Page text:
The Prophetic Faith of Our Fathers, vol. 2


V. Various Signs of Second Advent Enumerated

Luther wrote rather comprehensively on the signs of Christ’s second advent, sometimes from Luke 21 and sometimes from Matthew 24. In 1532 he published Ein trostliche predigt von der zukunfft Christi und den vorhergehenden Zeichen des Jungsten tags (A Consoling Sermon Concerning the Appearing of Christ and the Signs of the Last day). PFF2 279.2

1. CELESTIAL SIGNS OF Matthew 24 as yet future

Luther even discussed the celestial signs of the end. But on these he was hazy and rather speculative. PFF2 279.3

“We find in this gospel [Matthew] two main points, first: the signs which shall precede His coming, and second: these signs are given to console the Christians, the true believers.... Now the first sign shall happen in the sky, in the sun, moon and stars; the second among men, they will wither away for fear.... Now I do not want to dispute whether these signs in the sun, moon, and stars have happened already, nor do I want to command the Christians to believe it. But my own belief and sure hope is, that the majority of these signs have happened already and that we have not to expect many more. If we want to believe it, we have seen enough with our own eyes in our own days. How many great darknesses have followed one another in a few years, which have never been experienced before.... But those who do not want to believe, would not believe even if the sun would be darkened every day and the stars would fall in bundles. PFF2 279.4

“And although the astrologers say that they can predict some of the signs, yet these [aforementioned] signs, especially when they appear in such multitude indicate some fearful events, as they [astrologers] do not deny.... Therefore let them be afraid and wither for fear, who know nothing else nor ask for anything else than this temporal life.... But let us be full of cheer and hope, because our life and our treasure is not here but hidden with Christ in God, and soon Christ will be revealed before the whole universe in His immortal being and His eternal brightness.” 42 PFF2 280.1


A thirty- page English translation of this work appeared, in 1661, under the title The Signs of Christ’s Coming and the Last Day. The discussion is quite full. The signs were to be literal. And despite the blindness and scoffing, there- PFF2 280.2

“undoubtedly must needs be some living in the time of these signs, who shall both know and acknowledge the signs, and shall also, as the Lord doth admonish, lift up their heads, and expect their redemption, though they cannot certainly know that precise day.” 43 PFF2 280.3

The return of the Jews was likewise alluded to. PFF2 280.4


The Papacy is clearly listed here as a sign. Thus, in the quaint spelling of the time: PFF2 280.5

“Neither is that which Matthew hath foretold, in ch. 24, touching that Horrible Abomination (to wit) Antichrist, a less certain Signs to me then [than] the former, namely that under his Kingdome, there should be and prevail, extream blindness, the most pernicious Errors, and the highest wickednesses. All which things do most wretchedly flourish in the Kingdom of the Pope, and that in the greatest impudency and tyranny that can be. Which Sign, (I confess) above all the rest, compells me stedfastly to be lieve, that Christ will not now stay long. For truly these wickednesses are more great and grievous, and these Blasphemies are more horrible, then that Heaven should long indure to behold them; for they do even provoke the Day of the Lord, and insult over his Divine Vengeance; that it cannot be, but it must needs come quickly upon them, as a snare.” 44 PFF2 280.6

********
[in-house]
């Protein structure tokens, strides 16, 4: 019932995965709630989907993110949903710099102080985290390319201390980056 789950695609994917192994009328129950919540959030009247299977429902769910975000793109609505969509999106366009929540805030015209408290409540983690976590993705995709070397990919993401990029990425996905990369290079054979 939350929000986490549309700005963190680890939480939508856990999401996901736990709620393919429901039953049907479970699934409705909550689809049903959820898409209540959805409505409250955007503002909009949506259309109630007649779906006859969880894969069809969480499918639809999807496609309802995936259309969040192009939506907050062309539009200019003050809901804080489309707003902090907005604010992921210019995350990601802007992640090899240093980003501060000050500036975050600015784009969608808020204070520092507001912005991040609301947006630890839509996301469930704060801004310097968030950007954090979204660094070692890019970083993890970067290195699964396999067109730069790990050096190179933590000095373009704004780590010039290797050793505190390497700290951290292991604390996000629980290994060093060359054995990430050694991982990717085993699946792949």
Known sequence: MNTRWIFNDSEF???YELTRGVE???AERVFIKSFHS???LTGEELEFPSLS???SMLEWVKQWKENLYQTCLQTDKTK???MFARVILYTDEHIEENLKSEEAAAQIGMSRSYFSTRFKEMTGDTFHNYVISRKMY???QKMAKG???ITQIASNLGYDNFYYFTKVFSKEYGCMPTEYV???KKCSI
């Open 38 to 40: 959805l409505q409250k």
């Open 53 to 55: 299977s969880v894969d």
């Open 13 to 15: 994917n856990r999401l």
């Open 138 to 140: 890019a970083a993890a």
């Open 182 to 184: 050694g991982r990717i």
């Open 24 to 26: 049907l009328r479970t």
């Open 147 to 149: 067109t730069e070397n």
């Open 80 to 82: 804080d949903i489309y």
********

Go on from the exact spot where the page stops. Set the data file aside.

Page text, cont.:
In a similar treatise Luther declared: PFF2 281.1

“I will not permit any one to rob me of my opinion that the day of the Lord is not far hence. This conviction is forced upon me by the signs and by the admonitions of Christ himself.” 45 PFF2 281.2

After rehearsing the signs Luther approvingly cites Lactantius (a.d. 320) on the sign conditions before the end of the world—godlessness, strife, war, violence. 46 PFF2 281.3


Luther longed for the Saviour’s return, and in a family letter written in 1540, prayed, “Oh, come thou day of judgment.” 47 PFF2 281.4

“Oh, Christ, my Lord, look down upon us and bring upon us thy day of judgment, and destroy the brood of Satan in Rome. There sits the Man, of whom the Apostle Paul wrote (2 Thessalonians 2:3, 4) that he will oppose and exalt himself above all that is called God,-that Man of Sin, that Son of Perdition. What else is papal power but sin and corruption? It leads souls to destruction under thine own name, O Lord! ... I hope the day of judgment is soon to dawn. Things can and will not become worse than they are at this time. The papal see is practicing iniquity to its heights. He suppresses the Law of God and exalts his commandments above the commandments of God.” 48 PFF2 281.5


Luther believed in the literal resurrection of the dead, to take place at the last trump, the soon-coming day of the Lord. But as the world scoffed at the impending destruction in the days of Sodom, so in his own time it scoffed at the soon-coming day of judgment-which cannot be stayed 49 And then the last trumpet of God will be heard; that is the last clap of thunder, which will suddenly destroy heaven and earth and all that is on it. After which we shall be translated, and this corruptible will put on incorruptioii and this mortal will put on immortality. All the reverberations we have to experience in our days are only a prelude to that last mighty peal. PFF2 281.6

And then he quotes Jerome: “Sive comedam, sive bib am, sive aliquid aliud faciam, semper vox ilia videtur sonare in auri-bus meis: Surgite mortui et venite ad judicium.” (If I eat, or if I drink or do anything else, that voice always seems to sound in my ears: Rise, O dead, and come to the judgment.) 50 PFF2 282.1